Russia Ukraine crisis
Russia Ukraine crisis has exposed some very harsh truths about our current world order Image Credit: Gulf News

“I haven’t just had my children killed, my whole family were killed. My two brothers were killed, my brother’s two sons, my sisters’ sons were killed, my cousins and their children. There wasn’t anyone left to kill.” This chilling statement is from a woman named Hatidza Mehmedovic. And she is not from Ukraine. She is from Bosnia, born in the town of Srebrenica in 1952 — the town that in 1995 witnessed one of the worst atrocities in modern history.

I am not a cynic by nature. But there are some events that compels one to display some sort of cynicism. The ongoing Russia war in Ukraine is close to that. What is happening today is unequivocally unacceptable. The war should end immediately and Ukrainians have the right, like everyone else, to freedom and safety. One million of them have fled their country to safety in neighbouring countries, we are told.

Almost all politicians, analysts and writers, particularly in the United States and the West, describe the war as the most dangerous political and humanitarian crisis in the heart of Europe since World War Two. It is not. That was Bosnia. The Srebrenica genocide in July 1995 is arguably one of the worst in Europe’s history, if not the worst ever, period.

A grim history

With the disintegration of Yugoslavia in 1992, the Bosnian Serb forces targeted Srebrenica as they planned to seize control of a block of territory in eastern Bosnia and Herzegovina and annex it to the adjacent newly formed Republic of Serbia. This meant that all Bosnian Muslims in that territory must be expelled (or eliminated as demanded by the leader of the Bosnian Serbs Radovan Karadzic who in March 1995, ordered his forces to “create an unbearable situation of total insecurity with no hope of further survival or life for the inhabitants of Srebrenica.”).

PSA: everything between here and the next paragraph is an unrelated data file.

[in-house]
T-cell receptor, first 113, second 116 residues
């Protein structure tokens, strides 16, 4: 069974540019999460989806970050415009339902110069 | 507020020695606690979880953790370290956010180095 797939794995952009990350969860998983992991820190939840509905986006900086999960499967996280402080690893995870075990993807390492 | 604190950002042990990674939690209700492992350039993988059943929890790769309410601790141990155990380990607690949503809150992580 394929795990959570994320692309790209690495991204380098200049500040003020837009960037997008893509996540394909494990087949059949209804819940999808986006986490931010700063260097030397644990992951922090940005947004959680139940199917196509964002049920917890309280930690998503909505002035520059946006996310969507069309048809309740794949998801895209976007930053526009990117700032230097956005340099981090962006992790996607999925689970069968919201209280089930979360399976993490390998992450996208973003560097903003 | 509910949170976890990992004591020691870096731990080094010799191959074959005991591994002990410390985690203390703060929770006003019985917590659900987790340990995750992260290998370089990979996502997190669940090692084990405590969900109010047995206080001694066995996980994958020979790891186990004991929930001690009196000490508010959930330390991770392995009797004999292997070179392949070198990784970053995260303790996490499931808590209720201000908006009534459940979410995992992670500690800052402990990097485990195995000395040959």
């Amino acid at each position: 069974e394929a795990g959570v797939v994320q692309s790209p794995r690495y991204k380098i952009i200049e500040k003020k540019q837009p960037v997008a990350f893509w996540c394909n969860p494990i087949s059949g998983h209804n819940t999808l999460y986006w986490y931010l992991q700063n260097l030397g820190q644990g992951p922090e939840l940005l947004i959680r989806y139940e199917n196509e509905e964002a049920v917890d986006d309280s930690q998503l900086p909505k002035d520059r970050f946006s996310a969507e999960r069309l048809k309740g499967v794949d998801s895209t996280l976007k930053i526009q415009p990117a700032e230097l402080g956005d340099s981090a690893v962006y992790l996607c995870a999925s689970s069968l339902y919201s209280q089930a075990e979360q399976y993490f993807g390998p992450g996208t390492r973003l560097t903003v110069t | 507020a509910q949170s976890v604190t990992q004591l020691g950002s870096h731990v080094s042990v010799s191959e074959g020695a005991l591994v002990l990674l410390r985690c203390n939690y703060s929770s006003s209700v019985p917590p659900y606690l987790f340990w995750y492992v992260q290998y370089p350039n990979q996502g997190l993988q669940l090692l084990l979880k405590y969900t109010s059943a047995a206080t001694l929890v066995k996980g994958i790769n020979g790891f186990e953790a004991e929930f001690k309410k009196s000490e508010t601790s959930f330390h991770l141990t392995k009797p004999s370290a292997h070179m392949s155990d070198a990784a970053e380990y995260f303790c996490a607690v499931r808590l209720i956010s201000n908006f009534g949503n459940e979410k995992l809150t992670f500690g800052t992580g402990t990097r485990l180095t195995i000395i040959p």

From the beginning of March until July 1995, the town was besieged, starved and bombed. A part from the usual statement deploring the situation, the world just watched helplessly as the Bosnian Serb forces, supported by the trained forces of the ministry of interior of the Republic of Serbia, entered the town on July 11. A United Nations ‘peacekeeping’ force, some 200 soldiers from the Netherlands, surrendered the town (willingly, some say) to the invading Serbs.

The killing, the rape and torture went on for full four days — from July 12 to 16. More than 8,000 men and boys, as young as 4 years old, were executed and dumped in mass graves. Remains of many of those murdered on those four days have yet to be found. The massacre went on uninterrupted for full four days without the intervention of the ‘free world’, the same world that deployed all its available resources to punish Russia — from Netflix blackout and YouTube boycott (as part of historic economic, financial, political, cultural, sport and technological sanctions we have never seen before) to delivering heavy arms and rockets to the Ukrainians.

Unforgettable atrocities

Reading the testimonies of the survivors of the Srebrenica genocide (on, like the one above from Hatidza Mehmedovic, will bring you to tears, literally. Then you begin to wonder where the world was at the time, why the Europeans allowed such an atrocity take place in the heart of the continent without lifting a little finger.

I have always resented the idea that there is ‘double standards’ in the West’s world view. I thought that was ridiculous notion. I believed that common interests, including trade, guided international politics. No skin colour, race or religion matter. But watching the endless coverage of the war in Ukraine whilst remembering the Bosnian one forced me to think otherwise. Could it be that major global institutions actually have to check the colour of the victim before they act? This appalling view nevertheless began to challenge my normally empirical, rational view of global politics.

Legitimate grievances